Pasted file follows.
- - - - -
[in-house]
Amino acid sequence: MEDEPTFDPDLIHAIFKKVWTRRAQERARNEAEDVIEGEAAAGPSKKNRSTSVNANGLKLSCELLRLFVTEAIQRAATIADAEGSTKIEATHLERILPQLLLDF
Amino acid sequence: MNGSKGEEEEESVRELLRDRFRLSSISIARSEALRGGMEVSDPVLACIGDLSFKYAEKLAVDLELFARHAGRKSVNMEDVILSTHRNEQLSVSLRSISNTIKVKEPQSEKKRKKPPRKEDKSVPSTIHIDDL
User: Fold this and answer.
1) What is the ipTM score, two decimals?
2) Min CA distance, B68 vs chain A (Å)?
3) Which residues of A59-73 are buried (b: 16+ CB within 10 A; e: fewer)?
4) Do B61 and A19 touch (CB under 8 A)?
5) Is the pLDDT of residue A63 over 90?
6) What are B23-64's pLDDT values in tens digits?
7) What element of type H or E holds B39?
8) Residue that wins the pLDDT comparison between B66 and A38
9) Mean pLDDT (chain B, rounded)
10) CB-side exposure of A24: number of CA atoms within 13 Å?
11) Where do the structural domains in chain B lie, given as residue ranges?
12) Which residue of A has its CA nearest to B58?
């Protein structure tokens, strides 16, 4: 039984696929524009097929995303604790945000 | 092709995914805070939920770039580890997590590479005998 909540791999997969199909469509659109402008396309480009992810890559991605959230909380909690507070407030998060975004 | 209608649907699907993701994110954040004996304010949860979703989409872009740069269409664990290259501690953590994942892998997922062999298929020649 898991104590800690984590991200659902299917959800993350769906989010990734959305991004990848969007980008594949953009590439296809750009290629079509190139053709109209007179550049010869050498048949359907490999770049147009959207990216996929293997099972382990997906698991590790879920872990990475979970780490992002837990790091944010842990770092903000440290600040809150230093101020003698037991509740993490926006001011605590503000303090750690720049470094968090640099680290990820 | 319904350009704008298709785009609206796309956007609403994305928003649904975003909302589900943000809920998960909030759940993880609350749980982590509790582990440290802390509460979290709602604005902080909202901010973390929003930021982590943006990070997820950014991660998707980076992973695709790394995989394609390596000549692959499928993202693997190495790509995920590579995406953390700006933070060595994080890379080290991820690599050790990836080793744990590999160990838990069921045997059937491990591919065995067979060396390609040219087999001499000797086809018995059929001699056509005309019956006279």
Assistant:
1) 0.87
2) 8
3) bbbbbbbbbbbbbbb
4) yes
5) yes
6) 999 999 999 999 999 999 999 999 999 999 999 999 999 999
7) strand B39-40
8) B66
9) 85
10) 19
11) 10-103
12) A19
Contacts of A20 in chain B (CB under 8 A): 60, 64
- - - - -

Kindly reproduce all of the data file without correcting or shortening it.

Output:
[in-house]
Amino acid sequence: MEDEPTFDPDLIHAIFKKVWTRRAQERARNEAEDVIEGEAAAGPSKKNRSTSVNANGLKLSCELLRLFVTEAIQRAATIADAEGSTKIEATHLERILPQLLLDF
Amino acid sequence: MNGSKGEEEEESVRELLRDRFRLSSISIARSEALRGGMEVSDPVLACIGDLSFKYAEKLAVDLELFARHAGRKSVNMEDVILSTHRNEQLSVSLRSISNTIKVKEPQSEKKRKKPPRKEDKSVPSTIHIDDL
User: Fold this and answer.
1) What is the ipTM score, two decimals?
2) Min CA distance, B68 vs chain A (Å)?
3) Which residues of A59-73 are buried (b: 16+ CB within 10 A; e: fewer)?
4) Do B61 and A19 touch (CB under 8 A)?
5) Is the pLDDT of residue A63 over 90?
6) What are B23-64's pLDDT values in tens digits?
7) What element of type H or E holds B39?
8) Residue that wins the pLDDT comparison between B66 and A38
9) Mean pLDDT (chain B, rounded)
10) CB-side exposure of A24: number of CA atoms within 13 Å?
11) Where do the structural domains in chain B lie, given as residue ranges?
12) Which residue of A has its CA nearest to B58?
């Protein structure tokens, strides 16, 4: 039984696929524009097929995303604790945000 | 092709995914805070939920770039580890997590590479005998 909540791999997969199909469509659109402008396309480009992810890559991605959230909380909690507070407030998060975004 | 209608649907699907993701994110954040004996304010949860979703989409872009740069269409664990290259501690953590994942892998997922062999298929020649 898991104590800690984590991200659902299917959800993350769906989010990734959305991004990848969007980008594949953009590439296809750009290629079509190139053709109209007179550049010869050498048949359907490999770049147009959207990216996929293997099972382990997906698991590790879920872990990475979970780490992002837990790091944010842990770092903000440290600040809150230093101020003698037991509740993490926006001011605590503000303090750690720049470094968090640099680290990820 | 319904350009704008298709785009609206796309956007609403994305928003649904975003909302589900943000809920998960909030759940993880609350749980982590509790582990440290802390509460979290709602604005902080909202901010973390929003930021982590943006990070997820950014991660998707980076992973695709790394995989394609390596000549692959499928993202693997190495790509995920590579995406953390700006933070060595994080890379080290991820690599050790990836080793744990590999160990838990069921045997059937491990591919065995067979060396390609040219087999001499000797086809018995059929001699056509005309019956006279």
Assistant:
1) 0.87
2) 8
3) bbbbbbbbbbbbbbb
4) yes
5) yes
6) 999 999 999 999 999 999 999 999 999 999 999 999 999 999
7) strand B39-40
8) B66
9) 85
10) 19
11) 10-103
12) A19
Contacts of A20 in chain B (CB under 8 A): 60, 64